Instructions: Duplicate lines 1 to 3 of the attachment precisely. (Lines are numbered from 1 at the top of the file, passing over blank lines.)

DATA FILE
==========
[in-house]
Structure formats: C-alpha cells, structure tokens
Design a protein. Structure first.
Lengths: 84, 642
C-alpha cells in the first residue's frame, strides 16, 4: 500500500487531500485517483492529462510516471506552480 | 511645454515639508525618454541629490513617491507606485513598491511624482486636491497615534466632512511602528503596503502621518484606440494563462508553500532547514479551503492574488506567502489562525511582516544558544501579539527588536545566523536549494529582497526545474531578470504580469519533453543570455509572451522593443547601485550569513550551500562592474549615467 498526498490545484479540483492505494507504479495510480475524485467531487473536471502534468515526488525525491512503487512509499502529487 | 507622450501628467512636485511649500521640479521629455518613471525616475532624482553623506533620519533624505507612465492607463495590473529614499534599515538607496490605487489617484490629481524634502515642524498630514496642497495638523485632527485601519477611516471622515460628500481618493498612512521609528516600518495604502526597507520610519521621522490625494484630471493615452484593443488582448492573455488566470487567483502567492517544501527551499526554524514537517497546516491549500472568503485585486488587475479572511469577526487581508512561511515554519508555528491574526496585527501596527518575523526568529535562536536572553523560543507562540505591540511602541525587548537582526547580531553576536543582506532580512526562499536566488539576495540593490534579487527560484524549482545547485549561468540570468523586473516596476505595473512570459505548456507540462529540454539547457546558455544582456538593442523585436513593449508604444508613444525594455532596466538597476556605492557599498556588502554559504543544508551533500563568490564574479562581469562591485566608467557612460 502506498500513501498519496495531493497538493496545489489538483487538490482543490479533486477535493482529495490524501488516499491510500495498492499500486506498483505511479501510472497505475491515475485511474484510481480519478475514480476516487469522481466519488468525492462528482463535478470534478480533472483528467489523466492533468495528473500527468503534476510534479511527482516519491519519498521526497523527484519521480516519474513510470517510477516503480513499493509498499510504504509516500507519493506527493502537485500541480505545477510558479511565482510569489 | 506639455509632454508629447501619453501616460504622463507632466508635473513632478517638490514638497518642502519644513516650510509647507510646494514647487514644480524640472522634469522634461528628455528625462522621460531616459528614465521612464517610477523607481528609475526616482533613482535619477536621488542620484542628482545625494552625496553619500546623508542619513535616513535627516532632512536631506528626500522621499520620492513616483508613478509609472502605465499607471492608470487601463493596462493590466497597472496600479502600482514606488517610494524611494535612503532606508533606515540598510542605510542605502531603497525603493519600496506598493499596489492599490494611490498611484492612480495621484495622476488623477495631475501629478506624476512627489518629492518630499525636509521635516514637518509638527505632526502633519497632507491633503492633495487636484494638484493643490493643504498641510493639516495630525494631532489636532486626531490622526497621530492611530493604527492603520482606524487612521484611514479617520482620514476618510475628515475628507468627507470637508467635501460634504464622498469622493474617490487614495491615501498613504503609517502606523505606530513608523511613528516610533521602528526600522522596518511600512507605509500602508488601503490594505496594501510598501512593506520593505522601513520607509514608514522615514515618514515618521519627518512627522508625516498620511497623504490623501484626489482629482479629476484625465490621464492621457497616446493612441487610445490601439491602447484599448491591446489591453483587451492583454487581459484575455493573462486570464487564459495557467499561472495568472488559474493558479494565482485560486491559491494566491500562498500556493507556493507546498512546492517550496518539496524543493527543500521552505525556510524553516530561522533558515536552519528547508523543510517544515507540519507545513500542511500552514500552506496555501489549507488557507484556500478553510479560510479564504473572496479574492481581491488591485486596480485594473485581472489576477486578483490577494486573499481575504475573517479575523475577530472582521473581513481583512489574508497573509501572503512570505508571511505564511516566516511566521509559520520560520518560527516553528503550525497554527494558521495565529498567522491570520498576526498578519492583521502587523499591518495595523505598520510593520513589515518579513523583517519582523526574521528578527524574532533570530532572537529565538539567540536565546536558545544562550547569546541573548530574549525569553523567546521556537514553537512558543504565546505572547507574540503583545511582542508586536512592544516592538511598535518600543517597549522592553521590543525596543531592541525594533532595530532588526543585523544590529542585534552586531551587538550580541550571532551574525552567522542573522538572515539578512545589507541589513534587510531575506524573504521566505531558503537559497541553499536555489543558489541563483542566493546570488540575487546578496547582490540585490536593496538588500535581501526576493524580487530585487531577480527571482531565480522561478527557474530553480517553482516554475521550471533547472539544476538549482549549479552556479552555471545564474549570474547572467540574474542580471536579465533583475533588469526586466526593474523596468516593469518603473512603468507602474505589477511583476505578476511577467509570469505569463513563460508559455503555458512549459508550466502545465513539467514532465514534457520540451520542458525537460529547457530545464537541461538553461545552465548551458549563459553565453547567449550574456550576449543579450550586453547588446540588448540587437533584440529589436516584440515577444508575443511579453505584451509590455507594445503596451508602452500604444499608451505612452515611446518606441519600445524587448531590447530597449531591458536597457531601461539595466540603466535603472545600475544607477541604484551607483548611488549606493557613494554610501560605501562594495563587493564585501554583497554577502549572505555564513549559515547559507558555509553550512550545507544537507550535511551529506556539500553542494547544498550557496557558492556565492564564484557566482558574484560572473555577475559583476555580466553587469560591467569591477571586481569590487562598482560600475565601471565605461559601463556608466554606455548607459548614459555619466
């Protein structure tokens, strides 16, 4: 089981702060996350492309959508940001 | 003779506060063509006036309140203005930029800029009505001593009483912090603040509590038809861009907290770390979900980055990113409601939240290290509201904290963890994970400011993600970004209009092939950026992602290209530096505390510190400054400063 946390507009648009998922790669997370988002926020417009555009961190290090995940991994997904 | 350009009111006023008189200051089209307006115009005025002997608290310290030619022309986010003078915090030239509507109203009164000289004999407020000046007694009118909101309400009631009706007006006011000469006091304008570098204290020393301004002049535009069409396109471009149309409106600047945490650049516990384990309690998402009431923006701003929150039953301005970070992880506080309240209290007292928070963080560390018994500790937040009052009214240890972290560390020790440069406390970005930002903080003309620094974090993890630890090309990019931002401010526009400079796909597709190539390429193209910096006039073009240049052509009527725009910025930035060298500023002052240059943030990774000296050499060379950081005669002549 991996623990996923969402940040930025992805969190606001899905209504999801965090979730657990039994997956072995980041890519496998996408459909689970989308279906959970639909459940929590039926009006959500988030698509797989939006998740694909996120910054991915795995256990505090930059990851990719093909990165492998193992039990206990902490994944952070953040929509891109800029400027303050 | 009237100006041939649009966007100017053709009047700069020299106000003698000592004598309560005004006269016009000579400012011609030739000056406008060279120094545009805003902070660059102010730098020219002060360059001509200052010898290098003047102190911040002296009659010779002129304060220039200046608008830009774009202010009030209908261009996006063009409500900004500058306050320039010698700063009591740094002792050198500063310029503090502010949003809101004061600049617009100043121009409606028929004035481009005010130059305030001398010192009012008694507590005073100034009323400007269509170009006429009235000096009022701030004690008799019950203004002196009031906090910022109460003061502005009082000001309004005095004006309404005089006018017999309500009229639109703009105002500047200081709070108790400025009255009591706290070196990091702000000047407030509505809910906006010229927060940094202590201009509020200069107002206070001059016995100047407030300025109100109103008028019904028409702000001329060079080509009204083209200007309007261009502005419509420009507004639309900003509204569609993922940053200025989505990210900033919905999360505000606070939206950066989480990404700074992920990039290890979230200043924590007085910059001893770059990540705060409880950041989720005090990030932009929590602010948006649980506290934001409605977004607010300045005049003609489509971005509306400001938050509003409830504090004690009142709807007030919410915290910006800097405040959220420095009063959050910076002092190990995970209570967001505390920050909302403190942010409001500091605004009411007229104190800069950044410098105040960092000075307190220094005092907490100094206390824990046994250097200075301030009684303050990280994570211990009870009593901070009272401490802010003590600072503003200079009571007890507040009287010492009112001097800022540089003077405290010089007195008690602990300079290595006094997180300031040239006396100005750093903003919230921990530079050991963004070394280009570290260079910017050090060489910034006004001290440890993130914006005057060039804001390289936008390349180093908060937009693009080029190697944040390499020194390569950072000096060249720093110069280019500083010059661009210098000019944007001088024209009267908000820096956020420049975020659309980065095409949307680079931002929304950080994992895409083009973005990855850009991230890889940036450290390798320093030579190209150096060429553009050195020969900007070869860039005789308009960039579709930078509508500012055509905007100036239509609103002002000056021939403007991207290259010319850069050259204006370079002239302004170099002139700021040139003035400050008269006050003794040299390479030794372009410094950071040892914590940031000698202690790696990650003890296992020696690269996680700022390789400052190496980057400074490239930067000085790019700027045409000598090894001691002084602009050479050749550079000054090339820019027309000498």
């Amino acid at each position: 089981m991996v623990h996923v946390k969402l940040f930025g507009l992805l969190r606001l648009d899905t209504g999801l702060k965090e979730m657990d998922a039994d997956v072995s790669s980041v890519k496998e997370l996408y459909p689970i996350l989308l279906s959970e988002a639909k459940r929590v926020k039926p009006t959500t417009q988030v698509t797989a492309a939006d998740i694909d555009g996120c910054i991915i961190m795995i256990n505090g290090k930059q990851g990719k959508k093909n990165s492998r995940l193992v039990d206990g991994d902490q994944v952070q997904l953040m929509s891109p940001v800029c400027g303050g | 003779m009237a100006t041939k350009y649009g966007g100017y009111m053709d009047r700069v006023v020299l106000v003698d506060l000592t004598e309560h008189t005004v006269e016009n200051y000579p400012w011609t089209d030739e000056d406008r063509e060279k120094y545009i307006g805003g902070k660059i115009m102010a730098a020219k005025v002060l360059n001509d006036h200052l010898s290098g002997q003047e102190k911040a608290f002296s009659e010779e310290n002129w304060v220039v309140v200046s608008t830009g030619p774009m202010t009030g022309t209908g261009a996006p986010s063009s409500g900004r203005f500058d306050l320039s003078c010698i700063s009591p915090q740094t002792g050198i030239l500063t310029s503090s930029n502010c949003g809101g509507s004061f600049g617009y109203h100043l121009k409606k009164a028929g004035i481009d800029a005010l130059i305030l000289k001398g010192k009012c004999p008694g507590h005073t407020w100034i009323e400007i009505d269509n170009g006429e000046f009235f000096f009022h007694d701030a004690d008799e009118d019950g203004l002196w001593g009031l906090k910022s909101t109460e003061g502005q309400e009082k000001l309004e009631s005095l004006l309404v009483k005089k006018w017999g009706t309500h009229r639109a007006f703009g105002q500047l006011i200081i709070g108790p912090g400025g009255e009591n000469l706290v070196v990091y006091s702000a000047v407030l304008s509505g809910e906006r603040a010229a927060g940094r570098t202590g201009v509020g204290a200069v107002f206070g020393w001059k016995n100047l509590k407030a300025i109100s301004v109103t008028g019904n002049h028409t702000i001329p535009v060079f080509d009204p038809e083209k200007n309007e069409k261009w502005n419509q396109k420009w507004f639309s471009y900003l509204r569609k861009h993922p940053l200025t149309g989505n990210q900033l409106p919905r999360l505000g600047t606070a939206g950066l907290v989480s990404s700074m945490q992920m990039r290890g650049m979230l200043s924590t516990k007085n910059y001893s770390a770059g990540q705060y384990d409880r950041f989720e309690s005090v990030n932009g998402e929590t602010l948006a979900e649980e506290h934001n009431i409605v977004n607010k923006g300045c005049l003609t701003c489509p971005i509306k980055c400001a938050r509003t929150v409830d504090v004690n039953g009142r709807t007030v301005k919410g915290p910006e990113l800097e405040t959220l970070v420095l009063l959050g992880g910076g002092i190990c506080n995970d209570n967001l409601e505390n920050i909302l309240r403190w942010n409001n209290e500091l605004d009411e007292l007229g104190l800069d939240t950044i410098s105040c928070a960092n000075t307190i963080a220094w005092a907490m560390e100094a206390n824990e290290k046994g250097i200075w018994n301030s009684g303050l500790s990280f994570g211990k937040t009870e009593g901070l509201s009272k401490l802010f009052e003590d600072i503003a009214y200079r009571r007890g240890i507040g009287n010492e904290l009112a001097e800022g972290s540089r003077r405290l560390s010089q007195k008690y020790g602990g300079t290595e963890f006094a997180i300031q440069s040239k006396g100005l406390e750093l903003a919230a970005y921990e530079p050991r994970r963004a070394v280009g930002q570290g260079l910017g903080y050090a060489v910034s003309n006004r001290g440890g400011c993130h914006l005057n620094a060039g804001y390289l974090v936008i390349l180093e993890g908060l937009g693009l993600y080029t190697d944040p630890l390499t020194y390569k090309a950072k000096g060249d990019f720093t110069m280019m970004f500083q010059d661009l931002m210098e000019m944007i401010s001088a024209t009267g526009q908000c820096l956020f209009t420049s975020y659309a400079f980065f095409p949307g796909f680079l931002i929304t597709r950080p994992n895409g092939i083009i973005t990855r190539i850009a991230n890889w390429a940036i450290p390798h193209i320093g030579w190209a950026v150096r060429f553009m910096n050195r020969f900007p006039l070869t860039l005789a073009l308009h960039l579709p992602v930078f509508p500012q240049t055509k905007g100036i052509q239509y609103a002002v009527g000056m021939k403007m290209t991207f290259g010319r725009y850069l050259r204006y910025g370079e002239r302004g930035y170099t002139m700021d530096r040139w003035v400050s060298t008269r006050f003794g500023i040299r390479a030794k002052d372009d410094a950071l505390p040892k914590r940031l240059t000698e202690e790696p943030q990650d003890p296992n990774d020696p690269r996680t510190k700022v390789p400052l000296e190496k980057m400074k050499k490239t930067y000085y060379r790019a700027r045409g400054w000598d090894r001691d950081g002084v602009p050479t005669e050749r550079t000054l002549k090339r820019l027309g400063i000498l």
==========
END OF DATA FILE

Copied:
[in-house]
Structure formats: C-alpha cells, structure tokens
Design a protein. Structure first.